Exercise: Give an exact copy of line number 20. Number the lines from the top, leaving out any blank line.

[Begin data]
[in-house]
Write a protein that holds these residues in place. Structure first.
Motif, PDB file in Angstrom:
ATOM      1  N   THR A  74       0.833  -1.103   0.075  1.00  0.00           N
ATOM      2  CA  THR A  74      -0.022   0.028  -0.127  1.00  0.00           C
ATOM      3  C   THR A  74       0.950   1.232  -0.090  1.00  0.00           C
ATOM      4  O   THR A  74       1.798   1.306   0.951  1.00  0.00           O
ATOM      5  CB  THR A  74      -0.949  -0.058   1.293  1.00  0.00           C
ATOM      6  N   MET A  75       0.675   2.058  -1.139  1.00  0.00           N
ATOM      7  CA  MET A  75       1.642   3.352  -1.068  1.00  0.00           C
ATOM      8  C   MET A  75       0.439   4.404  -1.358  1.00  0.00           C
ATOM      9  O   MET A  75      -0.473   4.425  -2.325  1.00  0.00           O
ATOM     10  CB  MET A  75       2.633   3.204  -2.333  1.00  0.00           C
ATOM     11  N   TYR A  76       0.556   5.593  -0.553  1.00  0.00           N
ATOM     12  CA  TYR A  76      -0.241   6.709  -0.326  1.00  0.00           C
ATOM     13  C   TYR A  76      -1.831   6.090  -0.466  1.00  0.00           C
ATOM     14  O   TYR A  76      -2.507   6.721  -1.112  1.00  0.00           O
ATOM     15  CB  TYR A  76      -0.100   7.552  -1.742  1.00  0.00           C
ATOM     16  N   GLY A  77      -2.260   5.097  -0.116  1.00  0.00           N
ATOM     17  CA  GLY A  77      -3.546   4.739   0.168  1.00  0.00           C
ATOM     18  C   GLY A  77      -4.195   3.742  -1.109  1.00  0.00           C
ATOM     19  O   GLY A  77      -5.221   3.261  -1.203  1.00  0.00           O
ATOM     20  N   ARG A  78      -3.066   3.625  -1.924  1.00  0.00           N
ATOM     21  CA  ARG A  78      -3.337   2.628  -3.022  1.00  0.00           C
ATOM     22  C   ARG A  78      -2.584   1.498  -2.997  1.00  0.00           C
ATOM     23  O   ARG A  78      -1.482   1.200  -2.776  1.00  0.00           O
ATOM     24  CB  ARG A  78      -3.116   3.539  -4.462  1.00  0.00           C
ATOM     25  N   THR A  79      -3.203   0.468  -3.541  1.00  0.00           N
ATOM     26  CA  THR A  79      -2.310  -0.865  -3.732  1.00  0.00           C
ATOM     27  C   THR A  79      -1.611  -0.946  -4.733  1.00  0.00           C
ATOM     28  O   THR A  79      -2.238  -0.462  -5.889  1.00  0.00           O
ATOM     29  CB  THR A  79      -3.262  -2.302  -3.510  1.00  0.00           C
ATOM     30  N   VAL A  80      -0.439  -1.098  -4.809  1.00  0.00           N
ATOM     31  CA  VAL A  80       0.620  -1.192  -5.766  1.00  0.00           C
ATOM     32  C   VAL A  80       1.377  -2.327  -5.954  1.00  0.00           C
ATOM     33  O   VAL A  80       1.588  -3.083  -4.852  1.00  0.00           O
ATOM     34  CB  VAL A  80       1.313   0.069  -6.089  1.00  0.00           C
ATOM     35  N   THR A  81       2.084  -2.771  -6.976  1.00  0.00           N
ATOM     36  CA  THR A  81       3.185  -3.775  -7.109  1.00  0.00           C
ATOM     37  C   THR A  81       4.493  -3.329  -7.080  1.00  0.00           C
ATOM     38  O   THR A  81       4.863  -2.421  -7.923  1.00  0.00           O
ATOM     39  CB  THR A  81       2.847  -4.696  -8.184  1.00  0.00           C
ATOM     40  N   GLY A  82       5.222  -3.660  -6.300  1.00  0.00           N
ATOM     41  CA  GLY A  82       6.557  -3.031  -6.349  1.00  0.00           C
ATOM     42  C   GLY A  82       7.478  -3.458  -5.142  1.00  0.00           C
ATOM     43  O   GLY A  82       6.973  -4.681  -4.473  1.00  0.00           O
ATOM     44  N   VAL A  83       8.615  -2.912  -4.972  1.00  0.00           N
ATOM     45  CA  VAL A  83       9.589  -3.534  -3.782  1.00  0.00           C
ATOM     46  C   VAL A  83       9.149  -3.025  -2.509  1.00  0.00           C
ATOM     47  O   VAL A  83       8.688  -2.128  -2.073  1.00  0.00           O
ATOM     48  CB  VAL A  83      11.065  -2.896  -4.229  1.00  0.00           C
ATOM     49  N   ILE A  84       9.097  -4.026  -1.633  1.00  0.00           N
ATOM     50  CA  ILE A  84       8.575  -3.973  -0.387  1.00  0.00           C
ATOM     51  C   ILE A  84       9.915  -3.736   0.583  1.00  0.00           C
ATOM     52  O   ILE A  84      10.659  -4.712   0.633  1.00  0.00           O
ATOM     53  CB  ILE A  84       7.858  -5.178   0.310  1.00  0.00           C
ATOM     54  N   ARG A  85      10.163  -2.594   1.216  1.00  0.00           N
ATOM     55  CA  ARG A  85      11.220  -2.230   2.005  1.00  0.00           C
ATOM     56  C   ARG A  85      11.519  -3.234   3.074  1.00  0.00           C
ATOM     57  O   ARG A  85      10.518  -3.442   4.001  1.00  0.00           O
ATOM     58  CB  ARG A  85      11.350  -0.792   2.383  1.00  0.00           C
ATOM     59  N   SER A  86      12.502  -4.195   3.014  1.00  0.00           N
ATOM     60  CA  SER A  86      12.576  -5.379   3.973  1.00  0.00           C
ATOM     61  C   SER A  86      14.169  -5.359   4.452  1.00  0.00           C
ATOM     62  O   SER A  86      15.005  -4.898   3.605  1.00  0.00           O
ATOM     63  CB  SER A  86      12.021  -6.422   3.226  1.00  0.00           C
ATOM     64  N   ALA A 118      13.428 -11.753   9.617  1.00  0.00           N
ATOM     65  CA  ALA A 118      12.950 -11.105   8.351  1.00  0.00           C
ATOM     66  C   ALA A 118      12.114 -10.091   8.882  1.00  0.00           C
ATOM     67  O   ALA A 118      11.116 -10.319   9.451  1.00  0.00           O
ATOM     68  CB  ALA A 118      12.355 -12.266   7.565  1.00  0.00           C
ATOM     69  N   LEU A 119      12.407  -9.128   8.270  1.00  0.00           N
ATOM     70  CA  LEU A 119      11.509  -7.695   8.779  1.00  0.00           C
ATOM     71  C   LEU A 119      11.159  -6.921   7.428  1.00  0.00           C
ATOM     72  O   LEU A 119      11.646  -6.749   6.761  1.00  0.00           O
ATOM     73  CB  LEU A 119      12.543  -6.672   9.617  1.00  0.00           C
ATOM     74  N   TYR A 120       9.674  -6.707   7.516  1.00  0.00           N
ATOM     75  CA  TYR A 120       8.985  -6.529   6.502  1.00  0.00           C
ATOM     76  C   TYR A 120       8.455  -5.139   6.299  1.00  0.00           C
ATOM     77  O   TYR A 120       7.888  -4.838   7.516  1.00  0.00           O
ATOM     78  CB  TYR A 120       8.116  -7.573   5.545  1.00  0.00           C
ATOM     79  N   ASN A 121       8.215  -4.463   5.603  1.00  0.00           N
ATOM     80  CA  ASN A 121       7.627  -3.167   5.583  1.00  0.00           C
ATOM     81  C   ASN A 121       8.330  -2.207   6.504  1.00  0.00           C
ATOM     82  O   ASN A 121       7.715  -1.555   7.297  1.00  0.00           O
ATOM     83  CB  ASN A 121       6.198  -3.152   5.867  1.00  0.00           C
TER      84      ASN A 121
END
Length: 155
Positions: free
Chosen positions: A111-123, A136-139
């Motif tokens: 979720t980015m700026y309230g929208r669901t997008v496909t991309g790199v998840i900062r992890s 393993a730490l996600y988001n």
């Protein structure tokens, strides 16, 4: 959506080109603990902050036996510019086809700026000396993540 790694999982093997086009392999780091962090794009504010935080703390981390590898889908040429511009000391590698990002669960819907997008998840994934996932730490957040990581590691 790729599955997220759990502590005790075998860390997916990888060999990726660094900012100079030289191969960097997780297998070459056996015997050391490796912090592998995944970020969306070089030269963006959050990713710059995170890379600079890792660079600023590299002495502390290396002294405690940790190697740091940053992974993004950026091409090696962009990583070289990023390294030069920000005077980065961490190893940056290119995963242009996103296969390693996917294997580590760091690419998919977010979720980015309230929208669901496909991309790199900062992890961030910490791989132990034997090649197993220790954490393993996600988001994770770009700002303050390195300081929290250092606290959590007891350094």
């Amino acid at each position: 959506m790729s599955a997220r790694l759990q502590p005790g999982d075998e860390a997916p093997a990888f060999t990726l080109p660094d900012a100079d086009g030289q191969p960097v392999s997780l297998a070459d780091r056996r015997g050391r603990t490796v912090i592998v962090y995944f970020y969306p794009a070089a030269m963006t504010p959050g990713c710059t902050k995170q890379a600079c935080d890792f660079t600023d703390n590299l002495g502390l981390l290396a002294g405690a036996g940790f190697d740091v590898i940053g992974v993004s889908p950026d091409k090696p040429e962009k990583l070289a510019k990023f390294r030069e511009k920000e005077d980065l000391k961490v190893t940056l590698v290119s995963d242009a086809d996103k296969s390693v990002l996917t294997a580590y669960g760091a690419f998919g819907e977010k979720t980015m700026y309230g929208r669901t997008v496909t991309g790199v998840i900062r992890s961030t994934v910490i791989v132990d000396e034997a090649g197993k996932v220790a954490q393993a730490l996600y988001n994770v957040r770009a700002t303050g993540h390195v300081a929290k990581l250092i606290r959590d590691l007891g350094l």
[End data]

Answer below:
ATOM     17  CA  GLY A  77      -3.546   4.739   0.168  1.00  0.00           C